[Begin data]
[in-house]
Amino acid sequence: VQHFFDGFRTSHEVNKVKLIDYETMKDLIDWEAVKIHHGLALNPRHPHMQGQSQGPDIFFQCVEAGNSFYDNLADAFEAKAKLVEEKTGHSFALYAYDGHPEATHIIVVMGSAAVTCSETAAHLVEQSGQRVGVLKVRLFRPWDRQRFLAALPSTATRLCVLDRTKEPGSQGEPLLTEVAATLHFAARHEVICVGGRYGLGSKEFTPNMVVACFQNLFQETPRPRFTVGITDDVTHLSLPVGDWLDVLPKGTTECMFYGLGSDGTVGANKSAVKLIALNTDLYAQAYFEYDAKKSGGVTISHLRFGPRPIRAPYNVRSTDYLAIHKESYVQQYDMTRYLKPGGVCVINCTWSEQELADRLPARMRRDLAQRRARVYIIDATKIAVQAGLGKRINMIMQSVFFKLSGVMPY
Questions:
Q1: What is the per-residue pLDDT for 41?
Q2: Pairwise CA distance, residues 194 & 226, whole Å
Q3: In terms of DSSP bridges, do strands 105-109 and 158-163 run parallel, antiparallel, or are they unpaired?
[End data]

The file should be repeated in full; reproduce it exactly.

[in-house]
Amino acid sequence: VQHFFDGFRTSHEVNKVKLIDYETMKDLIDWEAVKIHHGLALNPRHPHMQGQSQGPDIFFQCVEAGNSFYDNLADAFEAKAKLVEEKTGHSFALYAYDGHPEATHIIVVMGSAAVTCSETAAHLVEQSGQRVGVLKVRLFRPWDRQRFLAALPSTATRLCVLDRTKEPGSQGEPLLTEVAATLHFAARHEVICVGGRYGLGSKEFTPNMVVACFQNLFQETPRPRFTVGITDDVTHLSLPVGDWLDVLPKGTTECMFYGLGSDGTVGANKSAVKLIALNTDLYAQAYFEYDAKKSGGVTISHLRFGPRPIRAPYNVRSTDYLAIHKESYVQQYDMTRYLKPGGVCVINCTWSEQELADRLPARMRRDLAQRRARVYIIDATKIAVQAGLGKRINMIMQSVFFKLSGVMPY
Questions:
Q1: What is the per-residue pLDDT for 41?
Q2: Pairwise CA distance, residues 194 & 226, whole Å
Q3: In terms of DSSP bridges, do strands 105-109 and 158-163 run parallel, antiparallel, or are they unpaired?